Catherine Morland believes she is destined to become a heroine like those in her favorite gothic novels. Her chance to prove this destiny comes when a wealthy neighbor invites her along on a visit outside of her small village, to the city of Bath. There a whole new world is opened to Catherine. She meets Isabella Thorpe, who is more worldly than Catherine and takes it upon herself to instruct Catherine in the ways of society.

Northanger Abbey; the one that I read the least often. It is as amazing as the others, but when I have to choose between 7 novels, I generally go with my favorites. This story will still easily captivate me, however, when I do choose to read it. Austen never failed to write brilliantly.


27-year-old Anne Russel regrets breaking off her engagement with Captain Frederick Wentworth. They wanted to be married at 19, but her father, sister, and mentor all disapproved the match. When Anne and Wentworth meet again so many years later, it takes many trials and mishaps for them to reconcile.

The one I often forget, the one that when I read it I remember is my favorite after all (excepting Lady Susan, of course). This story is perfection. Absolute perfection.

Lady Susan

Lady Susan is a beautiful and charming widow intent on making every man in England fall in love with her, married or otherwise, and has her eye particularly on Reginold Vernon, her brother-in-law, a man who very much disapproves of 'the most accomplished coquette in England'.

Ah, Lady Susan. My favorite Austen story, hands down. This one is different from the others in many ways. In the first place, it was published posthumously. Secondly, instead of being written in the narrative form, it is, in fact, a series of letters between a handful of individuals. And it is a full-on comedy. Austen incorporates a great deal of the comic in all her stories, and she is also a brilliant critic of society. Lady Susan, though, is the height of her comedic endeavors. And I love it! The titular character is a truly terrible person, but her many adventures amuse me.

So there you have it. Austen is brilliant, her books are amazing, and everyone needs to read them.

P.S. If you are interested in Jane Austen, I also have a fun little post from eons ago that you can read: The Janeite Tag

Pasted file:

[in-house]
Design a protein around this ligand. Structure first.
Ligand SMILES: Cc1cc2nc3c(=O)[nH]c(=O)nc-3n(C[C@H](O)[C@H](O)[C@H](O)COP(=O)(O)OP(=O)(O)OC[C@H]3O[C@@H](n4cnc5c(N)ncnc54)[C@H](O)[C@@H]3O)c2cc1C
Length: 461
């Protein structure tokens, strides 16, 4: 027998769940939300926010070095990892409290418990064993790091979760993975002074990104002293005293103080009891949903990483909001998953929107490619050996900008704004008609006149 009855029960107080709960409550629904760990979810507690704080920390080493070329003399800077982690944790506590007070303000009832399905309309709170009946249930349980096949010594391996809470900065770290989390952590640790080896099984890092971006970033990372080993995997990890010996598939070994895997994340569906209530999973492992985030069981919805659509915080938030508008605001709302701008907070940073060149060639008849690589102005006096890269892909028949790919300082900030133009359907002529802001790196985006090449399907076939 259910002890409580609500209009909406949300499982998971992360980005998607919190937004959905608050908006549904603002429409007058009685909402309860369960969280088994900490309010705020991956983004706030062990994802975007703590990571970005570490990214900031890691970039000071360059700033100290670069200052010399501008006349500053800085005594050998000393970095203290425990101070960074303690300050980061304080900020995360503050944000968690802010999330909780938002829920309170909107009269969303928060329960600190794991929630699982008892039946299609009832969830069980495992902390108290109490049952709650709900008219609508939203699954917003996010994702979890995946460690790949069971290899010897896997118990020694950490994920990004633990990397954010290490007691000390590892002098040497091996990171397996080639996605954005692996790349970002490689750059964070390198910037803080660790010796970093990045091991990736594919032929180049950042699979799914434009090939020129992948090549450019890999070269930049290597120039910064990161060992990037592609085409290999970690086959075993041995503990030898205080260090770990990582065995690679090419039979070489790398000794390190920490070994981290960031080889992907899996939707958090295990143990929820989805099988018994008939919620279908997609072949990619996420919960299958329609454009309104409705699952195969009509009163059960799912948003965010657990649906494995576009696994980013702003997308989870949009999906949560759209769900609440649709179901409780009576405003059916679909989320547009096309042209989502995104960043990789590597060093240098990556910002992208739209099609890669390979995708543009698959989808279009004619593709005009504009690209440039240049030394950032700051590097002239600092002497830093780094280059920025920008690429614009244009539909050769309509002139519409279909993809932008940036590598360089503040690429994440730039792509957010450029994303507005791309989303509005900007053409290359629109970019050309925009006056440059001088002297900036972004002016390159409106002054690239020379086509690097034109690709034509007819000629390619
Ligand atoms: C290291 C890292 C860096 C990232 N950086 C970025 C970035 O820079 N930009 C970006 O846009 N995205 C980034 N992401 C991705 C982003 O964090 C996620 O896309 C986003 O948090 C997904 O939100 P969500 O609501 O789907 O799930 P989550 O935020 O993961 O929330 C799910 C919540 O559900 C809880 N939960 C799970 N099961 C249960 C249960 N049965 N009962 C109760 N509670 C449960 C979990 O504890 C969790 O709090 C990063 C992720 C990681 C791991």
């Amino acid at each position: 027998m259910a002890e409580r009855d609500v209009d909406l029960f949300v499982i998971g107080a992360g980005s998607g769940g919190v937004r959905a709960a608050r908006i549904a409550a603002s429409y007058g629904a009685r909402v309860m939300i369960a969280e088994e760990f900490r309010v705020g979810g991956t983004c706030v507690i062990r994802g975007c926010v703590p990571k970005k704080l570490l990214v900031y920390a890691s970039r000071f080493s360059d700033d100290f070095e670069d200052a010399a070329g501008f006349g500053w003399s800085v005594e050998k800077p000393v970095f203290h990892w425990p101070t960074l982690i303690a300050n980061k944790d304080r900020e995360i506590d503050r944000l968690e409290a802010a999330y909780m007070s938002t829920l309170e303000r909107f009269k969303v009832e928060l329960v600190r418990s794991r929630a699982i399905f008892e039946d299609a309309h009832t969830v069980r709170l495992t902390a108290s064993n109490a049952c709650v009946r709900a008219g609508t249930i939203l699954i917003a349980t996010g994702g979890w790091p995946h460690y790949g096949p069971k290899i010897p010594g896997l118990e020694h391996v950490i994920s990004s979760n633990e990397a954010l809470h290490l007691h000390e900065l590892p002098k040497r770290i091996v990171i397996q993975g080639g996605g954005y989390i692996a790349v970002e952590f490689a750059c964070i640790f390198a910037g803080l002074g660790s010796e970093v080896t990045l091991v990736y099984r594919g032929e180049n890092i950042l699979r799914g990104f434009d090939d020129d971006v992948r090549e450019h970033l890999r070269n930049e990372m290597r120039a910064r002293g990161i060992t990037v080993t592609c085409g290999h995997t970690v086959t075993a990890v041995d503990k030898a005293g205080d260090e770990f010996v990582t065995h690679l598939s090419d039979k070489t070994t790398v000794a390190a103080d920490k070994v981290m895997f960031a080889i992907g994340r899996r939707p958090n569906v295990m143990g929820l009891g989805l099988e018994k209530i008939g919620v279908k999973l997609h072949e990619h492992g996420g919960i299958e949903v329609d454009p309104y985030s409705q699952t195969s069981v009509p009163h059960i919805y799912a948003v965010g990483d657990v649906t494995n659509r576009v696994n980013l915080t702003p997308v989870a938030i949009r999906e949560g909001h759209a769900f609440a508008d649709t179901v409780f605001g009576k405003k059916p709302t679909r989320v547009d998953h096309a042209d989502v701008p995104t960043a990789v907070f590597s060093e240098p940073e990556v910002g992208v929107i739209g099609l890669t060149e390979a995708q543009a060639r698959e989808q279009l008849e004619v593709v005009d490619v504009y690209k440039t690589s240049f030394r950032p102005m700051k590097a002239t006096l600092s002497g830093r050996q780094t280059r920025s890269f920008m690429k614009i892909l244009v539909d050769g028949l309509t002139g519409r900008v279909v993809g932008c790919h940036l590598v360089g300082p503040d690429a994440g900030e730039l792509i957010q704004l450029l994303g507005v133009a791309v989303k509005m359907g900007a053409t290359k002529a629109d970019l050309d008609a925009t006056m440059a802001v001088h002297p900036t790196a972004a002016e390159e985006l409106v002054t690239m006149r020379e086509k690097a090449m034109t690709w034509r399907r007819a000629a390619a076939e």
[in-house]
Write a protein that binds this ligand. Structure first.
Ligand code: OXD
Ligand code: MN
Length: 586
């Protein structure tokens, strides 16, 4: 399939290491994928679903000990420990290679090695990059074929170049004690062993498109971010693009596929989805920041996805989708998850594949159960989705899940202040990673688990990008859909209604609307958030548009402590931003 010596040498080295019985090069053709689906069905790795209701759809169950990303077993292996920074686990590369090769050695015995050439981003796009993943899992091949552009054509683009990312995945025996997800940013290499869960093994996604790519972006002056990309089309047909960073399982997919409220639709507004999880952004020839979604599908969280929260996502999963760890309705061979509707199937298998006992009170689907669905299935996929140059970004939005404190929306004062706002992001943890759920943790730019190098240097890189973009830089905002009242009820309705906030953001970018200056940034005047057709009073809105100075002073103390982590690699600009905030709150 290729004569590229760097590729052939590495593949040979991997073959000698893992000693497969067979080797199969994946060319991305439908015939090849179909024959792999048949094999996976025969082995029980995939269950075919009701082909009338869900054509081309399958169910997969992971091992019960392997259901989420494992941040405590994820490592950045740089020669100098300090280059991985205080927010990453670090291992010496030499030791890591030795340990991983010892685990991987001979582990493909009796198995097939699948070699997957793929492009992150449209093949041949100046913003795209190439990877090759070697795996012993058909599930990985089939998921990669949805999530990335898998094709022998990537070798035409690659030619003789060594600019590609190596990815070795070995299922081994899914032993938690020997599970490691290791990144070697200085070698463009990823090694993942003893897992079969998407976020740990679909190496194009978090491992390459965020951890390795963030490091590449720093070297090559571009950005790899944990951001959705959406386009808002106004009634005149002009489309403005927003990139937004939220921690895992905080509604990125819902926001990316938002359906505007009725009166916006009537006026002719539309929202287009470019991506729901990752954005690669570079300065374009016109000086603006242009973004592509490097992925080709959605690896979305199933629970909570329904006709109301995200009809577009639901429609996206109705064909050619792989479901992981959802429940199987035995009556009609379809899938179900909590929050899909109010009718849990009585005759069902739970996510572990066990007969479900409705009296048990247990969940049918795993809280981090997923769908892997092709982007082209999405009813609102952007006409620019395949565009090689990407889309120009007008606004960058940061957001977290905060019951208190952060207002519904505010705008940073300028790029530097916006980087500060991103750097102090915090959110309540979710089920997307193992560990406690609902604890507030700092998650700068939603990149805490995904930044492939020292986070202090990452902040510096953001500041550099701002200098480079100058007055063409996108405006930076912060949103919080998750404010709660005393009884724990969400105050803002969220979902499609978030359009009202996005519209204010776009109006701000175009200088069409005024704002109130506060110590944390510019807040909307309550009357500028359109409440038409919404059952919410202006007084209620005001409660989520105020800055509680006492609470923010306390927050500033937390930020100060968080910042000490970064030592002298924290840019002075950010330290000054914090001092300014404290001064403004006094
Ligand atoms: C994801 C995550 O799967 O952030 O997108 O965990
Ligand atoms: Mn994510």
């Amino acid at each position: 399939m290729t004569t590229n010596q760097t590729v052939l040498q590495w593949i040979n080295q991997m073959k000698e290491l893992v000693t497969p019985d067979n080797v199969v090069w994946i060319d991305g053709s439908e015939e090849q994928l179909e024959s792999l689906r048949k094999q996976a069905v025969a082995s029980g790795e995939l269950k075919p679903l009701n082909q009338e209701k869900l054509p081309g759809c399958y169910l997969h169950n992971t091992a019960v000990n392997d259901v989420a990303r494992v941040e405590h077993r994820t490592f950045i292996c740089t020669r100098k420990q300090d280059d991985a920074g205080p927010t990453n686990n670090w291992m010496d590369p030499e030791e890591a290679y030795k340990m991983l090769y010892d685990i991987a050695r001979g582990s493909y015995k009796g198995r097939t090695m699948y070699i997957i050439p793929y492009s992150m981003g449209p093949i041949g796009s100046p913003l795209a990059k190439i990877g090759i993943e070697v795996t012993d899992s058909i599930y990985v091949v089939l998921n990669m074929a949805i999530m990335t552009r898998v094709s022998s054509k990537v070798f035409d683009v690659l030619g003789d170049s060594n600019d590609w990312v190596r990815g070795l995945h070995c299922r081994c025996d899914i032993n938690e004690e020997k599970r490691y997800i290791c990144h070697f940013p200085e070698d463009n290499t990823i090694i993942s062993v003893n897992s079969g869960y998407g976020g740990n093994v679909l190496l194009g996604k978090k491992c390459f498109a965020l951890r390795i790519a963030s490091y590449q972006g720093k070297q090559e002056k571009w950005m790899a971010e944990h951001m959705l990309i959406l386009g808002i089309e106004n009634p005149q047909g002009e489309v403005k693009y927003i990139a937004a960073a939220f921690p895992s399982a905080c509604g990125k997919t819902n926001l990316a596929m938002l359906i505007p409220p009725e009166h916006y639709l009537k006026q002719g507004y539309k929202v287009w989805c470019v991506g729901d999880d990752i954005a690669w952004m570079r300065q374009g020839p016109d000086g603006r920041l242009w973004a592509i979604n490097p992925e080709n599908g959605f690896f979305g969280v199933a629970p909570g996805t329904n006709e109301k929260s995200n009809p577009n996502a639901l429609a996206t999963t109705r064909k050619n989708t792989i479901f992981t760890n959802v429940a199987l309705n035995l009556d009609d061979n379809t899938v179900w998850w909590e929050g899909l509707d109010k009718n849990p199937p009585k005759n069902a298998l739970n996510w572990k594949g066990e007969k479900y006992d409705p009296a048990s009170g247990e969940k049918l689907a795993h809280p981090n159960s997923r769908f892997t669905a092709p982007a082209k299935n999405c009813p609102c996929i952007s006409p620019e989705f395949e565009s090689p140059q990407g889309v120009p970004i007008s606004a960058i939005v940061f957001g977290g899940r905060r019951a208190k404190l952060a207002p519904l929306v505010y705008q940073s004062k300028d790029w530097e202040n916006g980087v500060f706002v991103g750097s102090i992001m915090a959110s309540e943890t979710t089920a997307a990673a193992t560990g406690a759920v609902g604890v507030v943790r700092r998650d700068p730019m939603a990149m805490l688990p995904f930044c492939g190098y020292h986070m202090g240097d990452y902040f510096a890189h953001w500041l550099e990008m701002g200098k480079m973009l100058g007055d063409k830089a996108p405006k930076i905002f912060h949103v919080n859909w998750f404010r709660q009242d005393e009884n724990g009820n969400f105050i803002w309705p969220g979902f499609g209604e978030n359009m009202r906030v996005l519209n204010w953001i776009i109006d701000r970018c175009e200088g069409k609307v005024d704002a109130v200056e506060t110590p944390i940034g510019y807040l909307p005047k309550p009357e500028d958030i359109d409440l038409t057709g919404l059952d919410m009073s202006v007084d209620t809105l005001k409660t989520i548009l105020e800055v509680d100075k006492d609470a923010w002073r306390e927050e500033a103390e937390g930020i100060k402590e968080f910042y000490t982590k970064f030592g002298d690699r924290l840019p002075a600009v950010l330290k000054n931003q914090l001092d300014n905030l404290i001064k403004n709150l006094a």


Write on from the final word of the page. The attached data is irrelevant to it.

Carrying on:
Saturday, August 10, 2019

2019 Quaterly Writing Goals #3

It has been far too long since I have blogged. I seem to have forgotten this corner of the internet existed! I have finally returned from my long absence, with a simple post of little consequence.

Quarterly Writing Goals!

This quarter sneaked up on me and took me by surprise. How could it possibly be the third quarter of the year already? And for that matter, how could it possibly be the second month of that quarter?

For anyone who does not already know, quarterly writing goals are simply goals that I make in order to motivate myself to be productive, and I intend to complete them within a three month period (or "quarter" of the year). The past quarter was summertime, so one would think there would be an ample amount of time to be productive and get tons of work done. One would be wrong to think so. I am incredibly lazy when I do not have structure, and as I had the summer off of work, I had no structure.

Nothing got done.

With that in mind, what were my goals and did I accomplish them?

Goal #1 Finish A Promise to Keep. This has been a goal for far too long...and will remain so because I did not finish writing this novel.

Goals #2 was to edit each individual point of view character arc for the novel Return to Sherwood so that I could start the real editing process with my editors. I did not even begin this behemoth of a task.

Goal #3 was the Cover Art for Return to Sherwood, which I had lined up but then fell we're back to square one and this has not been accomplished.

Goal #4 was my conference in April. I did attend this! But I did not quite fulfill my projected sales.

Goal #5 was to outline my fantasy, nope. Did not happen.

Goal #6 was to world build my fantasy novel. Ha. Nope.

Goal #7 was to start writing that fantasy novel. Which I did not.

Goal #8 was simply to purchase more ISBNs...and I did not do that either.

Wow. Look at that. I did all of 1 of my 8 goals, and that 1 was not a resounding victory (totally worth it though, side note. I LOVE going to that conference).

So, what am I going to do in the next month and a half before this quarter ends? I'm so glad you asked. And yes, I do intend to actually get things done. You see, I'm back at work again. Structure. Less time to write and edit and such like? More writing and editing and such like will be accomplished. Don't try and follow that logic. It's just the truth.

Finish A Promise to Keep  For real this time. I have to finish this manuscript.

Edit RS POVs  I have written a novel from many different points of view (POVs) and before I can send it off to editors I must make sure that every single POV is complete. I can't have a character arc fall through the cracks. So I have to edit each individual story as if it were just that; its very own story. This task appears terrifying but is absolutely necessary. I'm not sure how much I can get done between now and Quarterly Writing Goals #4, but I will do my best.

Send Return to Sherwood to editors  This will only happen if I do the above step...

Purchase ISBNs an author can never have too many...

Restart the Cover Art process for Return to Sherwood  Hopefully this time it works out.

Only 5 thus far, but one of them is worth about 15 (the number of POVs in that massive novel). Let's see what I can do!

In the meantime, Happy Writing, everyone!!